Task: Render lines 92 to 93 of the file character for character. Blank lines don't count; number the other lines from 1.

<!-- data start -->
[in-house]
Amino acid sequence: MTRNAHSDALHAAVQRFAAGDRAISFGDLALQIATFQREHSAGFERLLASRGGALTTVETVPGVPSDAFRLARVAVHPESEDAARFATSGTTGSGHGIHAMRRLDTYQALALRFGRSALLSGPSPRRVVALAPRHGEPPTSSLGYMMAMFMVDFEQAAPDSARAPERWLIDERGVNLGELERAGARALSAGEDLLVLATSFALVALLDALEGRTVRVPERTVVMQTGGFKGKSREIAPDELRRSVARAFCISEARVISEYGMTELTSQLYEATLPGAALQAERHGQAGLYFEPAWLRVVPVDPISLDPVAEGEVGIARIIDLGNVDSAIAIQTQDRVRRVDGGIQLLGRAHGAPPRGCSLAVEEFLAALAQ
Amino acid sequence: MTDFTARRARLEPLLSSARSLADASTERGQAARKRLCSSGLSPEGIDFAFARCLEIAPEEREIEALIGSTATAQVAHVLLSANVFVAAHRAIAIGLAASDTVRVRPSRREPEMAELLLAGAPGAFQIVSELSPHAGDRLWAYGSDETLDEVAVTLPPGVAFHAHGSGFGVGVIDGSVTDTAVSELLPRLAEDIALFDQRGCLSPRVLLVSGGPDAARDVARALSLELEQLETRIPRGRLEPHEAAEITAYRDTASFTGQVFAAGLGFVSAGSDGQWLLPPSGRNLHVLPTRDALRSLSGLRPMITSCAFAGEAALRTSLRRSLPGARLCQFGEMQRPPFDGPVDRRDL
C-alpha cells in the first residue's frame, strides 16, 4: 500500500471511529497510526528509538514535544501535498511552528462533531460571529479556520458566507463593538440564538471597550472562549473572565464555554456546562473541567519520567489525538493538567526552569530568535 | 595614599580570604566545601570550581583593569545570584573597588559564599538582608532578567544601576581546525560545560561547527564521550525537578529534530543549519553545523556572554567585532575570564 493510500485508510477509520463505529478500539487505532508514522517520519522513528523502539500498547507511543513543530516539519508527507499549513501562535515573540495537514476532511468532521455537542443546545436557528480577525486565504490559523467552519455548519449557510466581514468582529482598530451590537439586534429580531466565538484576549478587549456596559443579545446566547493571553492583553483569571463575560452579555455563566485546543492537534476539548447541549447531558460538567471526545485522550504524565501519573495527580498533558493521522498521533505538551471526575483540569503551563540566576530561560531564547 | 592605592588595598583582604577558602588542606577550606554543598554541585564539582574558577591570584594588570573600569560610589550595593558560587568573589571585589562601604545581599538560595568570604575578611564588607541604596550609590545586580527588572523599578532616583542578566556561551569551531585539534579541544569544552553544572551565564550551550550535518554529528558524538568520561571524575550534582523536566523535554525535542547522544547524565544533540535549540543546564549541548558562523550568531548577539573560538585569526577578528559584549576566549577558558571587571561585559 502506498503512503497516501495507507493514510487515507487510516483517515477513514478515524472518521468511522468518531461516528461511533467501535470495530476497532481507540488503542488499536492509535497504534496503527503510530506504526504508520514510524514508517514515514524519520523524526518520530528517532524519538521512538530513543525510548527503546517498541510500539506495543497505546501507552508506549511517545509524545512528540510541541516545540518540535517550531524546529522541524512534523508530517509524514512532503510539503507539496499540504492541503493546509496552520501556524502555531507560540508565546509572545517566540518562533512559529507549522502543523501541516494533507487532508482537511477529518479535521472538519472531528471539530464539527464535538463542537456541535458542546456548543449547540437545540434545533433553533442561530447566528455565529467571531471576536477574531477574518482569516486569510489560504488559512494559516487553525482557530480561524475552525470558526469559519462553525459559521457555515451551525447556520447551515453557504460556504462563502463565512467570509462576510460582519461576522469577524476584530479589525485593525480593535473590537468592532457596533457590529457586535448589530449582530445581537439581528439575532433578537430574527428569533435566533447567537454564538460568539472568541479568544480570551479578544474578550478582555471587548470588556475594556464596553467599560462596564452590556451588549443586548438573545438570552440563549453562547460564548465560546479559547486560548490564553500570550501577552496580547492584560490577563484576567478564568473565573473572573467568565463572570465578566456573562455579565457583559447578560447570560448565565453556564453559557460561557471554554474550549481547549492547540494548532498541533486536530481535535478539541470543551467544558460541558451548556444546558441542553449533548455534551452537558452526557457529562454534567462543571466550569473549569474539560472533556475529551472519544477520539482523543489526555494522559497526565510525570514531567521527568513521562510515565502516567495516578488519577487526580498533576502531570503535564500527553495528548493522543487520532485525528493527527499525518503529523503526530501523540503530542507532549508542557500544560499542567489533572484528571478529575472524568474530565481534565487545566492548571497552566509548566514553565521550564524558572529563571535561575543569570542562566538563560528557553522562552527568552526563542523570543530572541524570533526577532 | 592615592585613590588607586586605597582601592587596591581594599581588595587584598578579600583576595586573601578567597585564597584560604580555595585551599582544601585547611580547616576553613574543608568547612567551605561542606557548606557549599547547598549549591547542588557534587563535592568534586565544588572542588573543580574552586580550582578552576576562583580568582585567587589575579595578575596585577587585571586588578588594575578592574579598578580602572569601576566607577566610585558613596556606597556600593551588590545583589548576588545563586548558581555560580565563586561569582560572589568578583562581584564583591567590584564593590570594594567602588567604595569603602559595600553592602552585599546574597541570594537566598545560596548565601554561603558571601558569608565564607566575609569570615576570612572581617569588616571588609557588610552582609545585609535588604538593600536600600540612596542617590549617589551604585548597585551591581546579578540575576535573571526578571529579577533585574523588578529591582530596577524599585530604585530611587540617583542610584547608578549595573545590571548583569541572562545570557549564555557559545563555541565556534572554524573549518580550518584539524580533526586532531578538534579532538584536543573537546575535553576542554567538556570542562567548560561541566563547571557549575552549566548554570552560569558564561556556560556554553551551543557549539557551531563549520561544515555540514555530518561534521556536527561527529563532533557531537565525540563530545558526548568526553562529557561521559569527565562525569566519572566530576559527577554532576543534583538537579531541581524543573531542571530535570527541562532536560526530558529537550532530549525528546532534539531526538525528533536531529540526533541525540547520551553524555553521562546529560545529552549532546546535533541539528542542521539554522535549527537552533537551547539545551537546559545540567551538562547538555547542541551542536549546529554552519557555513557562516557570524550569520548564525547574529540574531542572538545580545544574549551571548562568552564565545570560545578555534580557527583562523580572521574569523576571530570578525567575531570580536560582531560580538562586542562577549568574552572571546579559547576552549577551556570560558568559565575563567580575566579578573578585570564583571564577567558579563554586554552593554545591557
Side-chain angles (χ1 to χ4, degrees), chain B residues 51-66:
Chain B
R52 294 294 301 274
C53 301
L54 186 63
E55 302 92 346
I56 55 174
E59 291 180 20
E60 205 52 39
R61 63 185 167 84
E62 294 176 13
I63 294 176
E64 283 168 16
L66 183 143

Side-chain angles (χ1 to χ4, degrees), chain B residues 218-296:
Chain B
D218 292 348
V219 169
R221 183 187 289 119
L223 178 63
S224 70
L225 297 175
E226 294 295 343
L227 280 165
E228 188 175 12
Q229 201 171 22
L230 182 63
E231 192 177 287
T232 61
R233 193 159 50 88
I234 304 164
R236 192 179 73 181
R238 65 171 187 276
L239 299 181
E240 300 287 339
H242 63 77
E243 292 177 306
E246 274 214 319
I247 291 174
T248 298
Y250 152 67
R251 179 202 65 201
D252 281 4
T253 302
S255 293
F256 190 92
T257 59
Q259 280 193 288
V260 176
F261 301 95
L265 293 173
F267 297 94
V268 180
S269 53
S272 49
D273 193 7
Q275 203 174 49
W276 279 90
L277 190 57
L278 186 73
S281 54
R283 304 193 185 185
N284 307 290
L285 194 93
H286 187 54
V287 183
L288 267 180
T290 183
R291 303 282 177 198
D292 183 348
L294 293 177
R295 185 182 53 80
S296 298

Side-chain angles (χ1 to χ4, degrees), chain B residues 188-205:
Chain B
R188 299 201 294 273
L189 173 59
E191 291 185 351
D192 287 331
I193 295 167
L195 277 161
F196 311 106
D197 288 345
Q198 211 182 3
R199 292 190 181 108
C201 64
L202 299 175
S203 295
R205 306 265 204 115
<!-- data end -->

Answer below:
S203 295
R205 306 265 204 115